By the 1990's, Enterprise had surpassed Hertz and Avis. Those guys, with their clunky operating models literally had no clue it had even happened. I'm not joking, it was nearly 20 years before they realized Enterprise was a threat. Talk about sleeping on the job! By the time they realized, it was too late. Enterprise was expanding faster than Starbucks, (not an exaggeration, in the early 2000's Starbucks was opening 1.5 new stores a day, and Enterprise was opening 1.8 new branches a day).
Today, they are a privately owned, family company that also owns Alamo and National. Enterprise Holdings is the largest car fleet in the entire world. They are literally a juggernaut.
How the heck did they do this? It must have been some sort of advanced business wizadry, marketing magic with expensive consulting firms and all the bells and whistles, right?
Nope, it was quite literally this:
Take care of your customers and your employees first, and the profits will follow.
Jack Taylor woke up every day, and did something people needed and wanted (insurance replacement rental cars), it was as unsexy back then as it is now. He treated customers well in every possible aspect, and taught everyone how to do the same, and he took good care of his employees.
This is how you build enduring value. Not trendy parties, cool t-shirts, slick interfaces, headlining media, trendy offices, or any marketing fancyness. (In fact, 60% of banner ad clicks are by accident. No business (particularly cash flow challenged ones) should throw money after accidents on purpose. Call me old school.)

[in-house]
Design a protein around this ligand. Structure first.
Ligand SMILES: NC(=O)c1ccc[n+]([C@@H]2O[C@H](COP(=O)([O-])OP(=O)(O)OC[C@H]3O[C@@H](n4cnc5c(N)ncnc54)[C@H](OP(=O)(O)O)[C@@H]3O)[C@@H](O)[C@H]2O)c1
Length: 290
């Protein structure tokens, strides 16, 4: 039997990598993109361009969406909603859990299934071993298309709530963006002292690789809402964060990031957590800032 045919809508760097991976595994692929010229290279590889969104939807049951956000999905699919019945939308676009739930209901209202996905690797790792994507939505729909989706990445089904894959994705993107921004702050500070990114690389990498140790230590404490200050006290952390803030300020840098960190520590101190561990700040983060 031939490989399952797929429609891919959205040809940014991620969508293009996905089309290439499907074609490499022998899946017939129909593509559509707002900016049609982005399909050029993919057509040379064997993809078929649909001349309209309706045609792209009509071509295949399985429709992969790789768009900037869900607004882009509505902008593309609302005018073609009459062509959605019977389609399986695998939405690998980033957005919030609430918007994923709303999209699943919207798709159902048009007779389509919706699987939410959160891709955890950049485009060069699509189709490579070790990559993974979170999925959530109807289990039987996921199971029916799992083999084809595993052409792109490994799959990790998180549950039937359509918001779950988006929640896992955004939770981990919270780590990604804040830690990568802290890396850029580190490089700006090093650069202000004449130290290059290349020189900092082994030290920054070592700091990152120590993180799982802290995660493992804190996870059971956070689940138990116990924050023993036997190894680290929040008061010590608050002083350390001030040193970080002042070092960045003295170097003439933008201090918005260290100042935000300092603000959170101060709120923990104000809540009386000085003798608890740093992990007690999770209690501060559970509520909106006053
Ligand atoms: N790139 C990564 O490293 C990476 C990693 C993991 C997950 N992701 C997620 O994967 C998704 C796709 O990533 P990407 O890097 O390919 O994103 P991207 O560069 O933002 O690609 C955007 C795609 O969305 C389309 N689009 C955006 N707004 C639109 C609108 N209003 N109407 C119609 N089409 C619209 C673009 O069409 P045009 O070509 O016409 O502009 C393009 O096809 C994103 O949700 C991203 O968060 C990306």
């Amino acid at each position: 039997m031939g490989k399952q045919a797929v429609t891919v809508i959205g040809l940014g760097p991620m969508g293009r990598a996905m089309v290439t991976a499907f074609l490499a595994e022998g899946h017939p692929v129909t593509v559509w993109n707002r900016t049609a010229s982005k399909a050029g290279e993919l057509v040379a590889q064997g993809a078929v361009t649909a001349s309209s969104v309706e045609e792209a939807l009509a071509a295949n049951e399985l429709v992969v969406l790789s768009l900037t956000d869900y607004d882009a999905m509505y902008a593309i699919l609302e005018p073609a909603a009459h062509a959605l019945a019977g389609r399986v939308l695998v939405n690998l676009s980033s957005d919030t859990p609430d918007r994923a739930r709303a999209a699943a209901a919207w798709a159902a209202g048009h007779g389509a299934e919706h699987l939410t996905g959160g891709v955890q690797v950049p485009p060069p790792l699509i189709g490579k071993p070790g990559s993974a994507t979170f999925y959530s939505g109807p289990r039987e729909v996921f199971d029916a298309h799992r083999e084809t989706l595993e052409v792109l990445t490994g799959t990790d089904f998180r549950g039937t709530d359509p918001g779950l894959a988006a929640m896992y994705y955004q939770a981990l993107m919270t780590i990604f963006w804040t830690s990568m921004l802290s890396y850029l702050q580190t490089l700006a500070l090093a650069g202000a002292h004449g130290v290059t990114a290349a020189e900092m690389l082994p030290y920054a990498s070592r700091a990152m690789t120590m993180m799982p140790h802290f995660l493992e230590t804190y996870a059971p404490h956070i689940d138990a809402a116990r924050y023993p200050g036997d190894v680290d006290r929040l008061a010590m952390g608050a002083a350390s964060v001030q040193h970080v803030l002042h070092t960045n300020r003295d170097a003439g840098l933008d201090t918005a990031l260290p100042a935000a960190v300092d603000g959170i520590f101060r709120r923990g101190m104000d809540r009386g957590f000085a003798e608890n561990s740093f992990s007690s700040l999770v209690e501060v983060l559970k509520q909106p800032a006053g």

For all it's un-sexyness, renting insurance replacement cars to customers made Jack Taylor a billionaire. Forbes estimates Jack Taylor's (and now the Taylor family's) net worth at $5.3 billion. But, it could be several times more, because the company is private and they do not have to disclose. Talk about freedom, right? Jack Taylor is also on record having donated close to $1 billion to causes he cared about.
Jack Taylor recently passed, and the news of his passing touched me as it did thousands of others.
Sure I am vigilant about margins, I worry about costs, I worry about revenue, all the things everyone worries about. The bigger my company gets, the bigger everything gets. One minute I think I've got it figured out, the next minute I'm hoping that I can at least manage to get my shoes on the right feet.
I know we don't have the investor's dream business model of a SaaS unicorn. In the world of photography, we do one of the least sexy things. But what we do is a valuable thing that customers need and want, we care about treating them well. We dream of building a business that can build great lives for our employees, and give to the community.
As someone who needs positive re-enforcement, it sounds silly, but it really was hard for me to admit that I was not creating the next cool thing that would get written about in Tech Crunch. But once a week I hear of another "hot platform" and "it-company" closing up shop. The ironic thing about these businesses is much of the time I had been told in the past I needed to be more like them to get venture funding.
99% of the time their failures are because they failed to gain meaningful traction, which you need to do to put yourself on the road to creating enduring value. Want to read more about this, check out the post: Burst out of the Gates, How to Make it Happen in 90 Days.
Create enduring value, stay true to your customers, and don't run yourself ragged doing it. It took Jack Taylor several decades to become a billionaire, and he started at the age of 35. So if you're just setting out on that journey you'd better settle in, you've got a lot of years ahead of you.